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Set Up Your Own Personal Web Server

Most people choose to host their own website using web space supplied by their own internet service provider. Others choose to pay for more advanced features, or rent virtual or dedicated servers. This costs money, so how about setting up your own personal web server. . . for free?! This means you have total control over whatever you choose to install.
So, how to do it.
Aside from the obvious (a computer, a broadband connection and a router with a firewall) you need a fixed IP address and web server software.
Internet service providers assign what is known as a 'dynamic IP address'. This means that the IP address for your server is a temporary one. Not much use if people are trying to connect to you!
The solution is to sign up to a dynamic DNS service such as no-ip.com. Here you can set up a host name which directs to your home IP address (go to whatsmyip.org if you don't know what it is). Install the software provided on your server. This will then check your IP address, and tells the service if it changes.
You also need to tell your router to send traffic to your server. This is called 'port forwarding'. Log onto your router and find the port forwarding page.choose port 80 (http) and port 25 (e-mail). Allow both protocols TCP and UDT, and type in your server IP address. Don't forget to change your network settings in your connections dialogue box 'Internet Protocol TCP/IP Properties' from 'Obtain an address automatically' to 'Use the following IP address'. This needs to be outside of the range of dynamic IP addresses.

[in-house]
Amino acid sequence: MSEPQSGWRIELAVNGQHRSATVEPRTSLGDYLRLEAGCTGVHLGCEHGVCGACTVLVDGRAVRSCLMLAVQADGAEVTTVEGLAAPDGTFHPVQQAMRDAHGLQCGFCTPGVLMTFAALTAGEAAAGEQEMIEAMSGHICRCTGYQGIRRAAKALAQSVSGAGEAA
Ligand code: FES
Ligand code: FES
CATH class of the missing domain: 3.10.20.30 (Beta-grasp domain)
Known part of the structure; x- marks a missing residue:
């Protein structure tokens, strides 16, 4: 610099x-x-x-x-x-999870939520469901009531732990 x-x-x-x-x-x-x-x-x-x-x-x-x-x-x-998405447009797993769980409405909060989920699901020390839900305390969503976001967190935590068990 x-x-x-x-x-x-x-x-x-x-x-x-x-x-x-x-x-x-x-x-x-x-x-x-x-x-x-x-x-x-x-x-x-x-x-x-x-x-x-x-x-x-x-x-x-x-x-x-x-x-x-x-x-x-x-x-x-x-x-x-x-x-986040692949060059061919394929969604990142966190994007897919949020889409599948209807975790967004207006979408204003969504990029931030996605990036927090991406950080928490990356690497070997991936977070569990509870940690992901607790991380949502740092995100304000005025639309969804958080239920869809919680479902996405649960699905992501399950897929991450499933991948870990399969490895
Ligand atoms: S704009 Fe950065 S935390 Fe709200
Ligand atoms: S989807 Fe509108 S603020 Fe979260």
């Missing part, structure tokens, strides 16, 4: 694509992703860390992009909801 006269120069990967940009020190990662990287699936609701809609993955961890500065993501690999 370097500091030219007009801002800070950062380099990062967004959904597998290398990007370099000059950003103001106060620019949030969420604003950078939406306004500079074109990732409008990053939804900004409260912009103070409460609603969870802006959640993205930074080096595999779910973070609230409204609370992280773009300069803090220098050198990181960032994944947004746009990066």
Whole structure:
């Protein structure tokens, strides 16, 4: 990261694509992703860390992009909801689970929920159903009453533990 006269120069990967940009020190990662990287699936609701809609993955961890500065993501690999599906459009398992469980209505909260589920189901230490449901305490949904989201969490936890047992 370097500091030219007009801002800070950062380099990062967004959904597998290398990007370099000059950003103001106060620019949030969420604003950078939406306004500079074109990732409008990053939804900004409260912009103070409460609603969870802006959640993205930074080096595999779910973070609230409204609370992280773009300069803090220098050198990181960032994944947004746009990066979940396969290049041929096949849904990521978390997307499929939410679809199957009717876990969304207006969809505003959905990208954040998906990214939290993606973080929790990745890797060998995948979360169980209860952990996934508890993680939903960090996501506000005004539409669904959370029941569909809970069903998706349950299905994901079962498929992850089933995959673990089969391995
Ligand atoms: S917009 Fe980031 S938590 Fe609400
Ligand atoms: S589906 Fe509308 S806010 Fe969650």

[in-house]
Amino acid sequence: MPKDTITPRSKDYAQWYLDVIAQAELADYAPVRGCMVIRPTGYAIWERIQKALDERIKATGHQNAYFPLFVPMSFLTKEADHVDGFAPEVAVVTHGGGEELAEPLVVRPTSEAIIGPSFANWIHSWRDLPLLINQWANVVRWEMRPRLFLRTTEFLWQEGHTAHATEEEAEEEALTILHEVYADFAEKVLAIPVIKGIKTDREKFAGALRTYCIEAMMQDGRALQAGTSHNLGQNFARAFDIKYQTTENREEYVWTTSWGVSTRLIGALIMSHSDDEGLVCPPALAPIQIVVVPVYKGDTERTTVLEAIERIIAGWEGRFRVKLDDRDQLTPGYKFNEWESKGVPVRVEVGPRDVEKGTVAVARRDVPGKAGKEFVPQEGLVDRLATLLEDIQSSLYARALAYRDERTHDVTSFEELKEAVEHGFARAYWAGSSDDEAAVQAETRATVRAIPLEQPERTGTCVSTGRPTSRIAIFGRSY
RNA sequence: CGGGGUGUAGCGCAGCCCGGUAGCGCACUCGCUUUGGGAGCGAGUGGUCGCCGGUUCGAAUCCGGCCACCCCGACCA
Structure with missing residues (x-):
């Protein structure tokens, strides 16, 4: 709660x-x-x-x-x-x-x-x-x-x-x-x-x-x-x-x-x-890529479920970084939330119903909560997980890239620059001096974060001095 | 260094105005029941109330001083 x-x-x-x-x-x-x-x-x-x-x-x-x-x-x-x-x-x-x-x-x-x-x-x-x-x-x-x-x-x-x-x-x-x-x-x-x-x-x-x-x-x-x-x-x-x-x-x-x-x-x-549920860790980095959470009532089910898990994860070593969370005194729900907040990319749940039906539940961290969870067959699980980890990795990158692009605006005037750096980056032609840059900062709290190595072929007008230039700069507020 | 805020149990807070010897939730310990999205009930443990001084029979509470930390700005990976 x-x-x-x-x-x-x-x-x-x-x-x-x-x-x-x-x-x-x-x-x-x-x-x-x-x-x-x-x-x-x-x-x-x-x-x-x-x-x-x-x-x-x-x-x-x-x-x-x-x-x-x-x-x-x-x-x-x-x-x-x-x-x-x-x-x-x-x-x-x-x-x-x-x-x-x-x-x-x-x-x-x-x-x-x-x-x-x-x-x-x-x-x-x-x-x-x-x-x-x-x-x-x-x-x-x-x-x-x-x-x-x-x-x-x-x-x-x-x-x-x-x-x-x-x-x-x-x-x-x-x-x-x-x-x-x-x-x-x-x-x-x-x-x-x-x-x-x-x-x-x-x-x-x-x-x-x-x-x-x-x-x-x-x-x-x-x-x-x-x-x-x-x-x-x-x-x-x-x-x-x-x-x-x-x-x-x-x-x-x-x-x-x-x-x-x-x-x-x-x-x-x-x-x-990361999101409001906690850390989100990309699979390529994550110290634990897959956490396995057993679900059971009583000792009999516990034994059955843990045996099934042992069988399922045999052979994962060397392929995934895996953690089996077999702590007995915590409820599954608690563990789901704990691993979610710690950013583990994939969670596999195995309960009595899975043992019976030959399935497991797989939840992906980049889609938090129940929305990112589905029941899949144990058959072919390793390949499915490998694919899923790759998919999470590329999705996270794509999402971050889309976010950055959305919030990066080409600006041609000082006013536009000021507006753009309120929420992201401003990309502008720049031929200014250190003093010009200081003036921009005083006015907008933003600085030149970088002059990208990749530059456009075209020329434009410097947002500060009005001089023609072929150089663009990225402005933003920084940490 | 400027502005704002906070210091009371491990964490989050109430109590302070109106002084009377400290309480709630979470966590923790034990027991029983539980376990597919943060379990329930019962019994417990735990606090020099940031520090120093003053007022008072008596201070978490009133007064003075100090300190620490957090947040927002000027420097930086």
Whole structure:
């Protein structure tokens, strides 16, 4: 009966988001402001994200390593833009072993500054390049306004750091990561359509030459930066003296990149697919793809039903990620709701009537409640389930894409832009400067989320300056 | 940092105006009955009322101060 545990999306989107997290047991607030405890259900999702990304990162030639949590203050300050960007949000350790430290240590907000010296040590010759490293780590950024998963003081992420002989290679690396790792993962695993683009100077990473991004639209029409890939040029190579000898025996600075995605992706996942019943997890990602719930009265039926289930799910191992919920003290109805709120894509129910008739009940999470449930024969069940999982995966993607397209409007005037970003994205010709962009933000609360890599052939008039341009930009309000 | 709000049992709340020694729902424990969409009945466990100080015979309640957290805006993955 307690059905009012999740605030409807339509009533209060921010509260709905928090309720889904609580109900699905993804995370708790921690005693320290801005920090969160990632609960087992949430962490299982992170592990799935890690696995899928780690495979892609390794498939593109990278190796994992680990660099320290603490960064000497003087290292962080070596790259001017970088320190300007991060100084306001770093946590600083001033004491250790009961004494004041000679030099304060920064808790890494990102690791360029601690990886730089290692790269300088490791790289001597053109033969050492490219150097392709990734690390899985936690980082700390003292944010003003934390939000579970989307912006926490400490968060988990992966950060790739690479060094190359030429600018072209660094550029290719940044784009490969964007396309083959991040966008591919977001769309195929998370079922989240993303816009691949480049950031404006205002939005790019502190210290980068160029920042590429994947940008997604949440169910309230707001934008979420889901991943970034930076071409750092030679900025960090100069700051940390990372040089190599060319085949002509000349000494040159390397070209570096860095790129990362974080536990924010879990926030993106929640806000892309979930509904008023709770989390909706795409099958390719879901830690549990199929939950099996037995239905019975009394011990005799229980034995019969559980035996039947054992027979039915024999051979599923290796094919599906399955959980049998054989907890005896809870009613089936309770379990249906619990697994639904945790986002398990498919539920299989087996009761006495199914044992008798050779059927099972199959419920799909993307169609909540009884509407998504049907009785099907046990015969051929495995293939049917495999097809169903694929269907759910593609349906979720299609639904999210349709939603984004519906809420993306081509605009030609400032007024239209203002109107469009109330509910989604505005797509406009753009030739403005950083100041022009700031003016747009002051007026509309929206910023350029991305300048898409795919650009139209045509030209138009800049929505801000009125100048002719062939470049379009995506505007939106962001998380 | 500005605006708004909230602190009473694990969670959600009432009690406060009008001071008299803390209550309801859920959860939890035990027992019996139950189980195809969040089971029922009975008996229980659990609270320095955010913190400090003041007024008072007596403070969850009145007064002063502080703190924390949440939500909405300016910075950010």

For example, most routers use 192.168.1.1 to 192.168.1.10.
So choose something like 192.168.1.160.
Regarding web server software, Windows operating systems include web server software. In Windows 7, you can access this by going to: Start > Control Panel > Programs > Turn Windows features on or off > and check the box for 'Internet Information Services (IIS)'.
Alternatively, it may be an idea to use third-party software such as 'Apache' which is open source software available from their website. Although primarily designed for Linux operating systems, 'Apache Web Server for Windows' is an option if you're not very comfortable with using Linux. Apache runs as a 'service'. This means that it runs in the background whilst you are using Windows.
A request from someone for your webpage (your server is 'listening' on port 80 remember) causes your server to 'serve' your website back to the visitor.
All this is done silently in the background.
Bear in mind however, that if you are using your computer for other tasks (particularly ones that are demanding), this could slow down the process.

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